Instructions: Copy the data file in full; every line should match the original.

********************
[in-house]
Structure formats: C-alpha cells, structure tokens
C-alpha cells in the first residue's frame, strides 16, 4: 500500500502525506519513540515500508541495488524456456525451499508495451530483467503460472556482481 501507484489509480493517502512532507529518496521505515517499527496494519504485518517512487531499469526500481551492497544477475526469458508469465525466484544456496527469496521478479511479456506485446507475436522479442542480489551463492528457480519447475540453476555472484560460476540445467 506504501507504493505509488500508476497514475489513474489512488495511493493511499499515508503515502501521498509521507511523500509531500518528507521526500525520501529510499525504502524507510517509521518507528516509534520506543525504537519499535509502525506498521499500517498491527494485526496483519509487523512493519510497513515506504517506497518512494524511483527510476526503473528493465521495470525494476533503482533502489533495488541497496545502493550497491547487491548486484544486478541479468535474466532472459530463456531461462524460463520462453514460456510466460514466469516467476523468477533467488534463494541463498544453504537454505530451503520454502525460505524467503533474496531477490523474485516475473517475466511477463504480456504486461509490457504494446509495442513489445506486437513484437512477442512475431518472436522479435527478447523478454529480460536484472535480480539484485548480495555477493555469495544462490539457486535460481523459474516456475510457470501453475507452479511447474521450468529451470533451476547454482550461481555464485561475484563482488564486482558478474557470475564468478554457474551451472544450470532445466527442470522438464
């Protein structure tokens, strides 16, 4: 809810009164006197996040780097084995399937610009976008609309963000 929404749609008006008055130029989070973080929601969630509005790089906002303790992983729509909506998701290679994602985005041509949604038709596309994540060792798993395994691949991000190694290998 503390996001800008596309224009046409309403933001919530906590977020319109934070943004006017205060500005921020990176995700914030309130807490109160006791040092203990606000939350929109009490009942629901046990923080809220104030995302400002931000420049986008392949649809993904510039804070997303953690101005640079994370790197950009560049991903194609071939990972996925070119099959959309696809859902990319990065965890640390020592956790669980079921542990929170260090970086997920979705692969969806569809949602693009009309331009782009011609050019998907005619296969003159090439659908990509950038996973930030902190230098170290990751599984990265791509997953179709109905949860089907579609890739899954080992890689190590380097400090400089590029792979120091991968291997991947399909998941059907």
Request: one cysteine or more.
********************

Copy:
[in-house]
Structure formats: C-alpha cells, structure tokens
C-alpha cells in the first residue's frame, strides 16, 4: 500500500502525506519513540515500508541495488524456456525451499508495451530483467503460472556482481 501507484489509480493517502512532507529518496521505515517499527496494519504485518517512487531499469526500481551492497544477475526469458508469465525466484544456496527469496521478479511479456506485446507475436522479442542480489551463492528457480519447475540453476555472484560460476540445467 506504501507504493505509488500508476497514475489513474489512488495511493493511499499515508503515502501521498509521507511523500509531500518528507521526500525520501529510499525504502524507510517509521518507528516509534520506543525504537519499535509502525506498521499500517498491527494485526496483519509487523512493519510497513515506504517506497518512494524511483527510476526503473528493465521495470525494476533503482533502489533495488541497496545502493550497491547487491548486484544486478541479468535474466532472459530463456531461462524460463520462453514460456510466460514466469516467476523468477533467488534463494541463498544453504537454505530451503520454502525460505524467503533474496531477490523474485516475473517475466511477463504480456504486461509490457504494446509495442513489445506486437513484437512477442512475431518472436522479435527478447523478454529480460536484472535480480539484485548480495555477493555469495544462490539457486535460481523459474516456475510457470501453475507452479511447474521450468529451470533451476547454482550461481555464485561475484563482488564486482558478474557470475564468478554457474551451472544450470532445466527442470522438464
């Protein structure tokens, strides 16, 4: 809810009164006197996040780097084995399937610009976008609309963000 929404749609008006008055130029989070973080929601969630509005790089906002303790992983729509909506998701290679994602985005041509949604038709596309994540060792798993395994691949991000190694290998 503390996001800008596309224009046409309403933001919530906590977020319109934070943004006017205060500005921020990176995700914030309130807490109160006791040092203990606000939350929109009490009942629901046990923080809220104030995302400002931000420049986008392949649809993904510039804070997303953690101005640079994370790197950009560049991903194609071939990972996925070119099959959309696809859902990319990065965890640390020592956790669980079921542990929170260090970086997920979705692969969806569809949602693009009309331009782009011609050019998907005619296969003159090439659908990509950038996973930030902190230098170290990751599984990265791509997953179709109905949860089907579609890739899954080992890689190590380097400090400089590029792979120091991968291997991947399909998941059907």
Request: one cysteine or more.